So as time goes on the King intiates a contest among all the eligible girls in his kingdom. One of those was Esther, a Jewish girl. Esther parents had died and so she was raised by her uncle Mordechai. When Esther goes to the palace, Mordechai instructed Esther not to divulge her Jewishness when it was her time to meet the king.
Each day, Mordechai walked by the court and asked after his niece. Esther impressed all who met her, including the King, and so she became his new queen. Meanwhile Mordecai, while sitting near the palace gate overheard a plot to assassinate the king. He immediately told Esther who reported it to the King in the name of Mordecai. This puts Mordecai in a favorable position with the king. All this comes in handy when Haman, the king's top advisor, obtains a decree to have all the Jews destroyed.
Haman's Final Solution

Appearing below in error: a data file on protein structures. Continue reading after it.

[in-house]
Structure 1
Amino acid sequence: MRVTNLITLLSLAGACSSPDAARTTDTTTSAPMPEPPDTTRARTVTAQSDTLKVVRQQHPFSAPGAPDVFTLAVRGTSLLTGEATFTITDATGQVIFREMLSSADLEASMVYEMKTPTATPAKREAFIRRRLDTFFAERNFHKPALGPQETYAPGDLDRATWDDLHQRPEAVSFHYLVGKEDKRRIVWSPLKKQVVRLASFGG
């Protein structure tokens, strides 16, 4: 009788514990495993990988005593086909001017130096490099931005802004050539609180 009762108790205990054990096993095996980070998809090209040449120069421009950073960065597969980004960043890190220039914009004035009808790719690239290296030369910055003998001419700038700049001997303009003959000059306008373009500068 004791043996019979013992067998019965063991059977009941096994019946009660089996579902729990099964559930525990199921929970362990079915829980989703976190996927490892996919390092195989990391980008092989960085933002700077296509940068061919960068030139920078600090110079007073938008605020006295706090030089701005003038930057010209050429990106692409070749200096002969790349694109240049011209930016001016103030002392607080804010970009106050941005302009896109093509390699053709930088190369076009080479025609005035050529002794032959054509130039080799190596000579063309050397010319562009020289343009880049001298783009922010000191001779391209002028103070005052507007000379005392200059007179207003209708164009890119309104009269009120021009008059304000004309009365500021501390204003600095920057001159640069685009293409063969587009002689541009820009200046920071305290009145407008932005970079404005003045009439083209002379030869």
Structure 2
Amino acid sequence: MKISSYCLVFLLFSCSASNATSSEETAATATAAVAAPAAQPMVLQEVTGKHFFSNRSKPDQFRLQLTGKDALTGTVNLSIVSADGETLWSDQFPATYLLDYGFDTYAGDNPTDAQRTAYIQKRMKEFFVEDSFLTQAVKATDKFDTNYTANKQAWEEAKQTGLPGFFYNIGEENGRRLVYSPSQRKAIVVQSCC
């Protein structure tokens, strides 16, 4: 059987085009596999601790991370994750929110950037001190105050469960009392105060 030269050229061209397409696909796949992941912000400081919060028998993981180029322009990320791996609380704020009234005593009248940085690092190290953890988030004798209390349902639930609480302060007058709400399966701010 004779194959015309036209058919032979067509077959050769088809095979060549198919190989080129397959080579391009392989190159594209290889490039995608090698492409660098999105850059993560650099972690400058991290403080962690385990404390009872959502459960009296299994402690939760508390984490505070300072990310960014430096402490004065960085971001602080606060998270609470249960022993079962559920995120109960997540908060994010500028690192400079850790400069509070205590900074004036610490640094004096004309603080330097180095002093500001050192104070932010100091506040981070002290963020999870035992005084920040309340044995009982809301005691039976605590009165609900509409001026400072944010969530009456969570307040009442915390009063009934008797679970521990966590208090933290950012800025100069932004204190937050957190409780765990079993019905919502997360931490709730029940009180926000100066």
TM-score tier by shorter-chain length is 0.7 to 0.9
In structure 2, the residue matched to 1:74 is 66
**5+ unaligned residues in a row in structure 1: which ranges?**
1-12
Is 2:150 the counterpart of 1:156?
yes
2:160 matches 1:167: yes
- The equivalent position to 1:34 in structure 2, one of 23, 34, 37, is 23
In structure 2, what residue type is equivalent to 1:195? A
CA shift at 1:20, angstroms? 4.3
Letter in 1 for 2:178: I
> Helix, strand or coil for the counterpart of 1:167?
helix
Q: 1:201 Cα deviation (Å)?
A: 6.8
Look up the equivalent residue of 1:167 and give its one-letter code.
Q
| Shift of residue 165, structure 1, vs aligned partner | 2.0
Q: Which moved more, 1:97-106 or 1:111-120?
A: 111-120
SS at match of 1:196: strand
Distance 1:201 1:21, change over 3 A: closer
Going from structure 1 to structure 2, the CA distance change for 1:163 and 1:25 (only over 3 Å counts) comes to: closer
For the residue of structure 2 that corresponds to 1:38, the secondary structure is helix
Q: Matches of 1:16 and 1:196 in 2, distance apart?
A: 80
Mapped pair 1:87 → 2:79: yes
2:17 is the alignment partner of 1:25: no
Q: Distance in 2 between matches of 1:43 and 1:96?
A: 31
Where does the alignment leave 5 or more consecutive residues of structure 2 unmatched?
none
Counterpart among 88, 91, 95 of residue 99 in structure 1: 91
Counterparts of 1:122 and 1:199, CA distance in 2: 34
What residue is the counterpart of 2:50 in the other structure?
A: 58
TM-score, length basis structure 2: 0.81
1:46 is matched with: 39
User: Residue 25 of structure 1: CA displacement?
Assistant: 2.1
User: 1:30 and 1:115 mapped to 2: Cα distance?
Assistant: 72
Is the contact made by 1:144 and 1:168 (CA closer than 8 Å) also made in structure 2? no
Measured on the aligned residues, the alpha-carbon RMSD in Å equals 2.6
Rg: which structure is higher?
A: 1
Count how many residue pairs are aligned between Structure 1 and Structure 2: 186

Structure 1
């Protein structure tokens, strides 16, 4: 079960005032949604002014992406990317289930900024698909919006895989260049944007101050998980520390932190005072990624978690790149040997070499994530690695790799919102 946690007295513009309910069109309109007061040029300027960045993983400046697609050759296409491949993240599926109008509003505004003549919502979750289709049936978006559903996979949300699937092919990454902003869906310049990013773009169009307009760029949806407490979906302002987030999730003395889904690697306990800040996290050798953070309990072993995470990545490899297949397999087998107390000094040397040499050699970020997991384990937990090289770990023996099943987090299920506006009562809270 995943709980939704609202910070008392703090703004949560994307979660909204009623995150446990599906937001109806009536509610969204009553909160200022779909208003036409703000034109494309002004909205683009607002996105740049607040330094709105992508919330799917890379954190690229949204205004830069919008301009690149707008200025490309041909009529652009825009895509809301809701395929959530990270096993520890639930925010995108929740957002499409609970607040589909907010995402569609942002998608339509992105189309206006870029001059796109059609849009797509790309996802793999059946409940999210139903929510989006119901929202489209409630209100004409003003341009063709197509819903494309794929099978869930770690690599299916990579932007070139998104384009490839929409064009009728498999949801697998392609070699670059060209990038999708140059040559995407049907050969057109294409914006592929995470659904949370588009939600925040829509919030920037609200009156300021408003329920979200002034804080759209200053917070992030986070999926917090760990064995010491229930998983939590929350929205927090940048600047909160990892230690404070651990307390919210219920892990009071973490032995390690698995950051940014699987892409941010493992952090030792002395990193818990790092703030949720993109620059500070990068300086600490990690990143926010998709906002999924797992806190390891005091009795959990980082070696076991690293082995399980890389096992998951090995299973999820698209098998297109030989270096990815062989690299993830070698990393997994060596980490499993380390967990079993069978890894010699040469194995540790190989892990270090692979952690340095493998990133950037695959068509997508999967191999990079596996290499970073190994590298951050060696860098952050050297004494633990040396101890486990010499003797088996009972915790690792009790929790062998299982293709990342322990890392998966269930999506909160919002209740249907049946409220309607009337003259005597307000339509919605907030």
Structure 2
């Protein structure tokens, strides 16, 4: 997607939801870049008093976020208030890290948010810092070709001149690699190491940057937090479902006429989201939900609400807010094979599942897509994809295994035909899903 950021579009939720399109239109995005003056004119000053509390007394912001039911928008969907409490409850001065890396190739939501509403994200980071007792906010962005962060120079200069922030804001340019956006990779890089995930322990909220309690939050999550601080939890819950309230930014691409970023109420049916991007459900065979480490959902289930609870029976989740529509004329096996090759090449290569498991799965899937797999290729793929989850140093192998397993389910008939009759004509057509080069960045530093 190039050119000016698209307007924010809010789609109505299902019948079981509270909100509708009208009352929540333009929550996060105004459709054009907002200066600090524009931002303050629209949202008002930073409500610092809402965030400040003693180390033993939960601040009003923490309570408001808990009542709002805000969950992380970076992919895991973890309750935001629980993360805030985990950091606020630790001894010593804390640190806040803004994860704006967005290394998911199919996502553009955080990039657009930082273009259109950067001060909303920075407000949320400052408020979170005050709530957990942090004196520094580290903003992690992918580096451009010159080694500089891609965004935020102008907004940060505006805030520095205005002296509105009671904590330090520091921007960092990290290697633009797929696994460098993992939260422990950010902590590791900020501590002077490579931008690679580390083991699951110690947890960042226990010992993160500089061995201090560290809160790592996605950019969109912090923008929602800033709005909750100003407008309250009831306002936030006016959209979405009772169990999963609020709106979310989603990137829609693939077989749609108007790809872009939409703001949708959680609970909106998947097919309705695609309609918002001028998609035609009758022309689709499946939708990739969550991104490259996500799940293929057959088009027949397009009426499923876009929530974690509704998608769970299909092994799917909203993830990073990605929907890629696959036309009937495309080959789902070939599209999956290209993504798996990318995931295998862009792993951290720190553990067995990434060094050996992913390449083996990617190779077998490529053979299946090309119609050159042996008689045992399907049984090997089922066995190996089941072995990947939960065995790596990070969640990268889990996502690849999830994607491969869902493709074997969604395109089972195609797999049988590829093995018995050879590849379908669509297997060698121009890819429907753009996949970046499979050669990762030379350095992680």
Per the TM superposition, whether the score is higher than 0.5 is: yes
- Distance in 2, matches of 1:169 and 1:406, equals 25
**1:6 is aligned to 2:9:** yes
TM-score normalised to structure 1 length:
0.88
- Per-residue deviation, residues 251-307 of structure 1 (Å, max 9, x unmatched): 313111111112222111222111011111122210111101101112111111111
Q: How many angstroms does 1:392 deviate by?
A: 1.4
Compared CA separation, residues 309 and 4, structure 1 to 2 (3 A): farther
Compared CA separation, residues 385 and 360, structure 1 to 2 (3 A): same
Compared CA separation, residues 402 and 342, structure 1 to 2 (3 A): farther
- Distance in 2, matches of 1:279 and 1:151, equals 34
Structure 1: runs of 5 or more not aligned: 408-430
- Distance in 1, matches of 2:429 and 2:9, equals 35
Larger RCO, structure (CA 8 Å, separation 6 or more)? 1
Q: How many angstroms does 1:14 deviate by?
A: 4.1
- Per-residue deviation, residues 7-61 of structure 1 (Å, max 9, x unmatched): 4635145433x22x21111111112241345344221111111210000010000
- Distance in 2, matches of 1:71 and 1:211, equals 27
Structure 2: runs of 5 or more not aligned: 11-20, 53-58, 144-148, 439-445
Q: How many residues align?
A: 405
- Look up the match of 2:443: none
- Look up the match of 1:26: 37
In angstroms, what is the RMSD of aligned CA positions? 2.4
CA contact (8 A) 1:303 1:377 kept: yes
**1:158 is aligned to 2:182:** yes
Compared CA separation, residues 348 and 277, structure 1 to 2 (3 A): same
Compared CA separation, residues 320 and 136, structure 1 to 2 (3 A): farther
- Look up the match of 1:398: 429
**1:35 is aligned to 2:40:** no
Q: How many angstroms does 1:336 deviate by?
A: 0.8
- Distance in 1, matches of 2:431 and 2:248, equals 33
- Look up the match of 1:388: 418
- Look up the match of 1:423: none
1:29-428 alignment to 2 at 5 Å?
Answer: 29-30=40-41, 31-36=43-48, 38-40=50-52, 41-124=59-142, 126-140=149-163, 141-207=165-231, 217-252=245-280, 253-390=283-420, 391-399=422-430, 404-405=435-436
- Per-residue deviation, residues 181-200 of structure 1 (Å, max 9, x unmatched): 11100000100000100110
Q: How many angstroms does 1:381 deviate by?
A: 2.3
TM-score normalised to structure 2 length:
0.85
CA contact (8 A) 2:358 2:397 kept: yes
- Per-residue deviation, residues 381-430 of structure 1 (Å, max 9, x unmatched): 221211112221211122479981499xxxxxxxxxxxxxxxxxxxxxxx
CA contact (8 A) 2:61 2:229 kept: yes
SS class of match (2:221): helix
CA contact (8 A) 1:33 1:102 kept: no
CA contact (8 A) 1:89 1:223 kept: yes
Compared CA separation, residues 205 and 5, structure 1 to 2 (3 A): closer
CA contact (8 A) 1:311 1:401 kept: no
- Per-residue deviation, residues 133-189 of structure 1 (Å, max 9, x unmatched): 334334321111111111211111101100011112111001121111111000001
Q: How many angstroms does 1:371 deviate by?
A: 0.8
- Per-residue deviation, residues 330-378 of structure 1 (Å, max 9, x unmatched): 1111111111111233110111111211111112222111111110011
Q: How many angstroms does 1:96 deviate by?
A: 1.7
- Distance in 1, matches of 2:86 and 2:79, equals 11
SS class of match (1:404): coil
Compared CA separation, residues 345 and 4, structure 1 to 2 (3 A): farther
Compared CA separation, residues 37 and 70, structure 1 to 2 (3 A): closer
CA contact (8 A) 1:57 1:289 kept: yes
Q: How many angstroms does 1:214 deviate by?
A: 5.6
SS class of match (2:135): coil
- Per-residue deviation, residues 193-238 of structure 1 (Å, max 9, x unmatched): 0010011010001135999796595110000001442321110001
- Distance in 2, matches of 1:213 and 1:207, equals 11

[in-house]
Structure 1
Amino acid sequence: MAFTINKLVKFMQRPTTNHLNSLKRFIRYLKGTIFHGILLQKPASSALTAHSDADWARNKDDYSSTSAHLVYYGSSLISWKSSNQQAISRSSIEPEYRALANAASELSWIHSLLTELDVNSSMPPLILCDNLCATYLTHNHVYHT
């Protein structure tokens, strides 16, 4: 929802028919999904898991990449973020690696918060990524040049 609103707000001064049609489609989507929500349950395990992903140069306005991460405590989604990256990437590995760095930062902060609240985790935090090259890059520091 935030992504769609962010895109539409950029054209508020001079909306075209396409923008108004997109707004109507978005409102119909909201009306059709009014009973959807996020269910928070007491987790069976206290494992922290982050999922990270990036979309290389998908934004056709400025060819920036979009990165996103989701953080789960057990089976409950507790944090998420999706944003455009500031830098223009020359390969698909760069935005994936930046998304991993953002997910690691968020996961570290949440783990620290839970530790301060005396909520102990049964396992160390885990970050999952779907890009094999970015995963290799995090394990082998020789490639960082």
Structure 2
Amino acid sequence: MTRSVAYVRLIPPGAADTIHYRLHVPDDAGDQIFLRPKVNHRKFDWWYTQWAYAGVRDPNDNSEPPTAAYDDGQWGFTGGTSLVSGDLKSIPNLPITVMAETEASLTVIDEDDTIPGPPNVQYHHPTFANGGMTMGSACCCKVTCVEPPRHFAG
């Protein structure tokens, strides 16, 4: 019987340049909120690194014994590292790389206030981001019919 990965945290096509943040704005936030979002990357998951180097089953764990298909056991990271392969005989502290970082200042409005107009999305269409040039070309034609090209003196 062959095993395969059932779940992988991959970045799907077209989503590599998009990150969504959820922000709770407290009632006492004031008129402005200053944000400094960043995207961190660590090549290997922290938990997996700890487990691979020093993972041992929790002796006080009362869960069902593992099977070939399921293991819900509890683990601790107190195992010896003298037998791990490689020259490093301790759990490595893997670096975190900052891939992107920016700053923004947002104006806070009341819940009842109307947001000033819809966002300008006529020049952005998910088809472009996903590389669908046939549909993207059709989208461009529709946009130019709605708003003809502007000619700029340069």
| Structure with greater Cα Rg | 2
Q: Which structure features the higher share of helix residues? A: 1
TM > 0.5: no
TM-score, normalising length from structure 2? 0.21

The chief minister of King Ahasuerus name was Son of Hammedatha;. As his name indicates, Haman was a descendant of Agag, the king of the Amalekites. The nation of Amalek was one of the most ancient and persistent enemies of the Jewish people.
Haman was a man who in his position expected everyone to bow down to him. Mordechai, Esthers uncle refused to bow. And so Haman wanted to punish Mordechai, but that was not enough for Haman wanted to destroy the entire population of Jews. Haman went to the King, bad mouthed the Jews, and convinced the King to go along with his plans.
Haman was an astrologer and so he chose the date for this mass murder by casting lots. In Persian, the word for lot is pur. The plural form is Purim, and there is where the name of this holiday comes from.
The Story of Purim
DID YOU KNOW
Book of Esther is the only book in the Bible which does not mention God's
The Book of Esther
is unique in that it contains words which appear nowhere else in the Bible.
Tebet: the tenth Hebrew month
Patshegen: a copy of the (written) text
Ahashdarpenim: Persian word for the King's officers
Pur: Persian word meaning "lot"
Karpas: Persian word for "cotton
All the letters
of the Hebrew alphabet are found in the Book of Esther, ch. 3, v. 13.